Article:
Ali (2008), Ahmer (2009) and Zaman (1998) has written on the root cause of sectarian violence in Pakistan. This conflict has been prevalent among the two sects Shia and Sunni mainly. Both authors agree that these outfits have been created in reaction to injustice of the feudal system mainly in lower Punjab area, where this feudal system has its inclination toward Ahl-e-Tashee sect (Shia). In reaction to this injustice and illegitimate use of power against the lower class militant organizations have emerged to resist the hegemony of unduly dominant sects of the rival group.
The violent reactions by both factions against each other however have also been criticized by these authors as socially destructive and have demanded solutions to the problem. Zaman (1998) and Ahmer (2009) have in fact taken a more historical and holistic view on the development of the sectarian conflicts in Pakistan, starting from branding of Ahmedies as non-Muslims, to influence of Iranian revolution on Shia community in Pakistan and its subsequent uprising on Zia’s pro Sunni policies, to the formation of Sipah-eMohammad, a banned militant outfit, as subsidiary of TNJP and finally the creation of Sipah-e-Sahaba in reaction to the Shia militancy and injustice of Shia magnets and feudal class against the sunni peasants in the Jhang region. Zaman’s arguments seem unbiased as he blames both factions in contributing to the problem and not in the solution. It is also claimed that modern form sectarian violence between Shia-Sunni (The Nation, 2010) and Barelvi-Deobandi (Ghazi, 2011, p. 61) is caused by a local or foreign conspirators. Furthermore political and economic factors create a context to breed violence where arguments of religious (whose health might be questionable) nature only provide moral justification to a violent act. It is argued that in a society which is already divided on political, ethnic, racial and economic grounds, presence of religious divide is a no surprise. Molana Qari Muhamamd Hafeez Jalindhari, Head of Wafaq-ul-Madaris Al-Arabia network, questions that why religious sectarian violence gets more attention in the media or emphasized by the government despite the fact its magnitude in the overall violence, occurring due to political, ethnic and racial reasons, is insignificant. He even argues that if government is really serious then it should work to eradicate all forms of violence occurring at various types of fault lines, let alone religious (Jalindhari, 2011, p. 110). According to Mufti Zahid Sangharvi, graduate of Darul-uloom Korangi, “around 2 out of 16 years of Madresa education, topics related to differences among various ‘schools of thought’ and sects are taught”. It largely depends on the teacher how he is teaching the topics, says Mufti Zahid. Mainstream Madaris are not involved in sectarian violence, rather they condemn the phenomenon however, in his view, some teachers in Madaris in remote rural areas does incite hate for other sects among their students, which might contribute to the problem, however “The percentage of such Madaris might be insignificant in total” (Sangharvi, 2011). It is also claimed that highest respect is paid to the viewpoints of other schools of thoughts such as those belong to Imam Malik, Imam Shafi and Imam Hambal r.a5 (Jalindhari, 2011, p. 107), however it is also admitted by Molana Hafeez Jalindhari that while discussing the viewpoints of the other sects (like Barelvi or Ahle-Tashee) the tone of the discussion becomes intense and critical beyond the appropriate limits. Molana Jalindhari suggests that this habit is inexcusable and must be rectified whenever and wherever it is present (p. 168). No matter how little the involvement may be, if there is a point of weakness then it should be proactively being taken care of. Ali (2008) also confirms the observation of Mufti Zahid Sangharvi stated above for Ahmedpur-East region in lower Punjab, however he also suggests that government has to address the issues of rural development,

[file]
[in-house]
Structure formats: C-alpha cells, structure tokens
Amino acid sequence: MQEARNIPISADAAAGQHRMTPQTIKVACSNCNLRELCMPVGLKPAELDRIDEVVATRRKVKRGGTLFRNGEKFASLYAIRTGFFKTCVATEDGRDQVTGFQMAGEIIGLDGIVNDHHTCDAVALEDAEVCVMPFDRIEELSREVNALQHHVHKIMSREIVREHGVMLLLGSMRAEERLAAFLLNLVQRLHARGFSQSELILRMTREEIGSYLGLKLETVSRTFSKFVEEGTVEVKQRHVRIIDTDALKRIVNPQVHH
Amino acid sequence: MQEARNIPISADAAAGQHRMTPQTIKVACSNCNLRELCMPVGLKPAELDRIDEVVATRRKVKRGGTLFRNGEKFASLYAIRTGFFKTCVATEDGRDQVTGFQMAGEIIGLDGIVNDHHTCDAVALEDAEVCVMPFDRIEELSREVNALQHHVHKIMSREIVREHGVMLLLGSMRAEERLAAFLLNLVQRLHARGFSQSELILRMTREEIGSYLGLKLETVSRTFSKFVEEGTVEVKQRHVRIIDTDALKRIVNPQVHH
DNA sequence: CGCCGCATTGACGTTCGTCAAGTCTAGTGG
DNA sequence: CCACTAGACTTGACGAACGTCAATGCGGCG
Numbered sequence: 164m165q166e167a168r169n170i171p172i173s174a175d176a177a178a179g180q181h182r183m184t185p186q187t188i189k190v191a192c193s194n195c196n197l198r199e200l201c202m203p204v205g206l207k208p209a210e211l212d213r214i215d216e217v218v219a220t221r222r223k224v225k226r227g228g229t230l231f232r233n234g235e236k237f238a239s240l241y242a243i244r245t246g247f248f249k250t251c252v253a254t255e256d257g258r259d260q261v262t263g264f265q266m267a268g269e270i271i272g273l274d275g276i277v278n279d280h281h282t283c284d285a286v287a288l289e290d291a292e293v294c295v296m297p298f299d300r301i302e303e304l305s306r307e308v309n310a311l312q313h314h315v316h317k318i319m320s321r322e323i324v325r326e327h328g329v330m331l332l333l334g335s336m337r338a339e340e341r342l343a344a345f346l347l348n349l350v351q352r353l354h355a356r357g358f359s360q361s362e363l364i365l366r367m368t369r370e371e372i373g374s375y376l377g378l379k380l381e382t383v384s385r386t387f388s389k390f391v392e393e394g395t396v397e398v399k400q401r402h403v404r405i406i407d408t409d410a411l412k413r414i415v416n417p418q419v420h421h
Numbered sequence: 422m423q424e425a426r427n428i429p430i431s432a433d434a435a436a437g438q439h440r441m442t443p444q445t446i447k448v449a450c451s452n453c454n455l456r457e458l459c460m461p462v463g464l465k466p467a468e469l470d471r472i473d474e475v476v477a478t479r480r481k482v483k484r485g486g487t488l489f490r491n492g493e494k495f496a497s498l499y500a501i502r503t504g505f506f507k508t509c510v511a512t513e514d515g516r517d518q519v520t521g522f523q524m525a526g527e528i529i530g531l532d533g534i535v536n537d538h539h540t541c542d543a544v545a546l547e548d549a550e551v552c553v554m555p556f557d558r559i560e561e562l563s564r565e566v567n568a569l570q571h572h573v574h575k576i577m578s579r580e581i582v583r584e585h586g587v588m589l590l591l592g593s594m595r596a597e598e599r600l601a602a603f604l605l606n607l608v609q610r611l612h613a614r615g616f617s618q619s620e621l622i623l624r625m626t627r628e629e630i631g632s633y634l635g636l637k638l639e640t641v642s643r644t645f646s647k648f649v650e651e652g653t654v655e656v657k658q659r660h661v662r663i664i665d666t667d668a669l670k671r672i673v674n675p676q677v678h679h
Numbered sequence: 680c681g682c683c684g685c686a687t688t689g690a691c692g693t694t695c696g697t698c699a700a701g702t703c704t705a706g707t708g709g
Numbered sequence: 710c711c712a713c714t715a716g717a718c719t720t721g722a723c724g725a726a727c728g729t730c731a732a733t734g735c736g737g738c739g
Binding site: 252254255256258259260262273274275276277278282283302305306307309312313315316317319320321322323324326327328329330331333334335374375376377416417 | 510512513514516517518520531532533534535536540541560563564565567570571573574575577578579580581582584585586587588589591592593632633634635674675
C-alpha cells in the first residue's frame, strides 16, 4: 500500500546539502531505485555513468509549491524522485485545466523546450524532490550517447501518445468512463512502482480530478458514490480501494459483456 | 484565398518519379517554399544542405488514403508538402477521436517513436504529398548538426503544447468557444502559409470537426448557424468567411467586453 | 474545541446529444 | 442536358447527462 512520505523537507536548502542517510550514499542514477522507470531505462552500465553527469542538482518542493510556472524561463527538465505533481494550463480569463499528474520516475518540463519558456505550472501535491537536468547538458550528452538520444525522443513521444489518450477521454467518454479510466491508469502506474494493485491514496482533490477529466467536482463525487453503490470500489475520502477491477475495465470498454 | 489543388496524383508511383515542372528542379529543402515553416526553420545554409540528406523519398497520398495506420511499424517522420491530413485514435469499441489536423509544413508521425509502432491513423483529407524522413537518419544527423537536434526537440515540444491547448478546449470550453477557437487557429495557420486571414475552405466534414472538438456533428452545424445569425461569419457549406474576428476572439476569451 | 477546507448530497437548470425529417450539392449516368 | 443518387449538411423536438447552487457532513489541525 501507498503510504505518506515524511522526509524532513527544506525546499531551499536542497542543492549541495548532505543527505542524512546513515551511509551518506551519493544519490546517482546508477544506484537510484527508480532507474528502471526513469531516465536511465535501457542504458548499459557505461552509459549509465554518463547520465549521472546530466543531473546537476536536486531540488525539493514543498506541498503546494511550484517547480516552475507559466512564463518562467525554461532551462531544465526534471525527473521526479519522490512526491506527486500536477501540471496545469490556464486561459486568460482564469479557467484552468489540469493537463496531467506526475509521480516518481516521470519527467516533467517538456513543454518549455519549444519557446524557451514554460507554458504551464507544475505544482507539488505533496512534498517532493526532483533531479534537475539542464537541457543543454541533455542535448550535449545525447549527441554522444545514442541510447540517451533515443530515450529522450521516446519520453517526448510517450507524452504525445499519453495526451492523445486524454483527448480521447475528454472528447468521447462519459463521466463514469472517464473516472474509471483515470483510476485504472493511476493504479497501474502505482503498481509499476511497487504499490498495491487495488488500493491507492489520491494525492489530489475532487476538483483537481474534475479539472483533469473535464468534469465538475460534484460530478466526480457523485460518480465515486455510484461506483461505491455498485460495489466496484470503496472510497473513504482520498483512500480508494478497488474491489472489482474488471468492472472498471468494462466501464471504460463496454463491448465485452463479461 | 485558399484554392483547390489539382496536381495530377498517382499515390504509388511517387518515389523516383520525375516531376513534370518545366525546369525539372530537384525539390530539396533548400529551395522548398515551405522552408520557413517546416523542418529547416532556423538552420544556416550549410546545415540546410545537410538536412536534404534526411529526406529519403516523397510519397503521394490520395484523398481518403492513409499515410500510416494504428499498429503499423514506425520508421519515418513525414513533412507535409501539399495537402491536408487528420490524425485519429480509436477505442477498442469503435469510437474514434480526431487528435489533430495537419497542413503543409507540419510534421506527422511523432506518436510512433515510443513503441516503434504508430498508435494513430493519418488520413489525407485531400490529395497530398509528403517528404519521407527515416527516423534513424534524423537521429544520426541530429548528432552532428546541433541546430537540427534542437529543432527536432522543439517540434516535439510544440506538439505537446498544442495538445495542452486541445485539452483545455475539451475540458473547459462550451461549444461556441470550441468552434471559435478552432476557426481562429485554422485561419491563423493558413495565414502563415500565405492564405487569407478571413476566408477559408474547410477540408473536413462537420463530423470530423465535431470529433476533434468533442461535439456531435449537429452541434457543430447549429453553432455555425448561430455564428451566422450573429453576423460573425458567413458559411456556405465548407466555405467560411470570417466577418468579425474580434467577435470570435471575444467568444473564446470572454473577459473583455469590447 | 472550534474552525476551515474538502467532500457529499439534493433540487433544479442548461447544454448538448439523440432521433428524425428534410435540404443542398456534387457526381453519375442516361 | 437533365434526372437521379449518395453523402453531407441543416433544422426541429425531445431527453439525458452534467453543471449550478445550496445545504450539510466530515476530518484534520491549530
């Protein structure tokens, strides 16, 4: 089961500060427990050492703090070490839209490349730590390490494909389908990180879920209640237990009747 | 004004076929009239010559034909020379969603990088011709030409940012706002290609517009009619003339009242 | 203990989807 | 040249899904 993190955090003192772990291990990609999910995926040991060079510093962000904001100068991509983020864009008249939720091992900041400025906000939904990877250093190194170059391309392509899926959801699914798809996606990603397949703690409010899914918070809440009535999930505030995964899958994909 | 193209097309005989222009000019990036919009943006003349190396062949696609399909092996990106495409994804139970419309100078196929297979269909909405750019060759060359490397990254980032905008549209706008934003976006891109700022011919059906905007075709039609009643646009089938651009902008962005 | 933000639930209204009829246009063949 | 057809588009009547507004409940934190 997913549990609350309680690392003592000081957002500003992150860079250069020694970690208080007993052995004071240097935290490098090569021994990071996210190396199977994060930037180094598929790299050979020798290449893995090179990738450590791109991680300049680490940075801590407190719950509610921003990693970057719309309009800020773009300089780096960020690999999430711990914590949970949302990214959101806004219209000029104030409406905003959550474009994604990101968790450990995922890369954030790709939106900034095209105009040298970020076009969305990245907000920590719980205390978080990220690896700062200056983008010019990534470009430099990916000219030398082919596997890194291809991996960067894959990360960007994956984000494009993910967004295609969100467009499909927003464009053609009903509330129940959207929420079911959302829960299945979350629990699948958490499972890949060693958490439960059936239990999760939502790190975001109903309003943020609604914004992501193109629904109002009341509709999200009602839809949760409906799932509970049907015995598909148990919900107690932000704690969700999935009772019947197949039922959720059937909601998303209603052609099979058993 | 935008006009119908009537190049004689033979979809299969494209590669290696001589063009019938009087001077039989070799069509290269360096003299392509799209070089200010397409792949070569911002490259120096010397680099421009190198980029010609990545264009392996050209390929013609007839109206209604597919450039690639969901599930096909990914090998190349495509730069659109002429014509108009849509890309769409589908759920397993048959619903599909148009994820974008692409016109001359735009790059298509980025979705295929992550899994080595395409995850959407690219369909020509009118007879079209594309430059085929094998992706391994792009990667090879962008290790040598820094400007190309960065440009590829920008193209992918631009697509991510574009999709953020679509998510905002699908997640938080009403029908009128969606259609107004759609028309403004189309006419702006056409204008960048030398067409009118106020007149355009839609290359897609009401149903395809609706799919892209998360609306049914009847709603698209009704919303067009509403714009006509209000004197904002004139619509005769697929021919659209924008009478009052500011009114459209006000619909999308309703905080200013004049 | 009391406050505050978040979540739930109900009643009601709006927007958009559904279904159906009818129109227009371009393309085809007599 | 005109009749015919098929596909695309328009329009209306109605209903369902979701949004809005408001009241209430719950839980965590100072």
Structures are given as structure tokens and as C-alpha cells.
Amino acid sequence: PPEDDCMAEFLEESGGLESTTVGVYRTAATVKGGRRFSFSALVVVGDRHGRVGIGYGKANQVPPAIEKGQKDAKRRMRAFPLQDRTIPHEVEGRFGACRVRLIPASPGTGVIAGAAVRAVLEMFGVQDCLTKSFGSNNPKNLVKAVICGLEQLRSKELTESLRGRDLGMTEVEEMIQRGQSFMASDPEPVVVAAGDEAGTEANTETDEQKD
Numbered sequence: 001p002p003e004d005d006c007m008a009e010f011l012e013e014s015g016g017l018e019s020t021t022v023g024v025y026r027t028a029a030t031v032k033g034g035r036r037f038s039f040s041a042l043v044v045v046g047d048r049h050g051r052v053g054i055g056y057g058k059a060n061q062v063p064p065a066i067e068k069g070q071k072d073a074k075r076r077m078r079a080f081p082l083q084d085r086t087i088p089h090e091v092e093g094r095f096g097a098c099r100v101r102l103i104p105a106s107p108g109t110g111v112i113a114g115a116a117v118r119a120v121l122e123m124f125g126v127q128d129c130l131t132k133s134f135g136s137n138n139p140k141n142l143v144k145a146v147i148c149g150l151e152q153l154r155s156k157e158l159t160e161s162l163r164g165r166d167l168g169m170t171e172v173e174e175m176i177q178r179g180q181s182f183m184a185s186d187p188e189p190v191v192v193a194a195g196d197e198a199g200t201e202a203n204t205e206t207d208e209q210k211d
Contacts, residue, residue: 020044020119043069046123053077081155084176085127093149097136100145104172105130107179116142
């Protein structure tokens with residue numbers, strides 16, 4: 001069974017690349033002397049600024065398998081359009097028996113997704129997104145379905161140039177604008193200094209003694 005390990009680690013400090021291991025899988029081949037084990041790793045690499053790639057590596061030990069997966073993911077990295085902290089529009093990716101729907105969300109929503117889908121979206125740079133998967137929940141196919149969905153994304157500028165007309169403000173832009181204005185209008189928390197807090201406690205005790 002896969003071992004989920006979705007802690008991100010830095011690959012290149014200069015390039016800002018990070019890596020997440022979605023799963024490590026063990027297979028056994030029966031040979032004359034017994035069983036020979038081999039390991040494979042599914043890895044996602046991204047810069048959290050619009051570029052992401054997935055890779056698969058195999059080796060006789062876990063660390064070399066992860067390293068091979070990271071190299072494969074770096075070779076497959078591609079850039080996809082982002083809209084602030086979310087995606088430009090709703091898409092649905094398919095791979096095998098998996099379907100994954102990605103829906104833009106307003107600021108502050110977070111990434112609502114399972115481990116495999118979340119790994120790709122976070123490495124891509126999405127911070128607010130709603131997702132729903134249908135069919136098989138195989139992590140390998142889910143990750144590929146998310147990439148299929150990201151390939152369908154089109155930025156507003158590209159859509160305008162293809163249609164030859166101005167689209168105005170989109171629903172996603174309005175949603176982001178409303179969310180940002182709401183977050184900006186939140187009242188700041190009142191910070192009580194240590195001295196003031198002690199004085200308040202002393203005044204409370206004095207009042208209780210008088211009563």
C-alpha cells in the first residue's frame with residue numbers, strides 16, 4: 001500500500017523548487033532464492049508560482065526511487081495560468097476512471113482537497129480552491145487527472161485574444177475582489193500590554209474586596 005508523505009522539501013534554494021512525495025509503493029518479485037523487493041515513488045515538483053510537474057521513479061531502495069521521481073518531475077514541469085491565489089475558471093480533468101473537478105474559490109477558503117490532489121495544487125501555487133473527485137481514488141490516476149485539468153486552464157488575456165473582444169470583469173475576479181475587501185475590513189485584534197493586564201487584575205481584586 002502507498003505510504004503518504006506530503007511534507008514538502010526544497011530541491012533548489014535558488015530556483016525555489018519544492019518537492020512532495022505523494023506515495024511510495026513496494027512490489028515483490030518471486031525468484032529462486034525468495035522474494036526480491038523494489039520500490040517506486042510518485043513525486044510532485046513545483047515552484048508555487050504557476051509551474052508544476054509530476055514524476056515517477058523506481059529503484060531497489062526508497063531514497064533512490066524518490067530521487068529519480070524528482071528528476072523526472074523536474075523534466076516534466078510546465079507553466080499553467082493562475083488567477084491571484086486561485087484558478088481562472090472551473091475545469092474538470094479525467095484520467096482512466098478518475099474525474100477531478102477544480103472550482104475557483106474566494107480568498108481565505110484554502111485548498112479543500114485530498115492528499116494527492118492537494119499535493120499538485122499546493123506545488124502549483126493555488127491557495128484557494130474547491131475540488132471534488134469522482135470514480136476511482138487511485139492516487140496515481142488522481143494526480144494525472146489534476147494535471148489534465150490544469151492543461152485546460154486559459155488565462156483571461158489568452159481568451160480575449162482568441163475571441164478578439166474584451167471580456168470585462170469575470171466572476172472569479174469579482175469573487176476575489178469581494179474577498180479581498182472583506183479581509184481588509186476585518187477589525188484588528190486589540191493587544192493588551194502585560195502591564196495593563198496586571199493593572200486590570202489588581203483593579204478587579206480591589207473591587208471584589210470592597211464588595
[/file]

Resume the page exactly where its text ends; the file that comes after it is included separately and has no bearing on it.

Rehmatullah Alaeh (Main Allah shower His blessing on him)
take measures to eradicate economic disparity and protect the violation peasant rights which provide a context for hatred among feudal (Ahle-Tashee) and peasant class (Sunni). This suggests that roots of sectarian violence might be traced to economic and political causes instead of religious ones alone, let alone of any foreign conspiracy. However this shouldn’t excuse Madaris executive bodies to keep a check and take precautionary measures when and where needed within their system or curriculum and avoid becoming part of the problem.
Socio-Economic Role of Madresa Graduates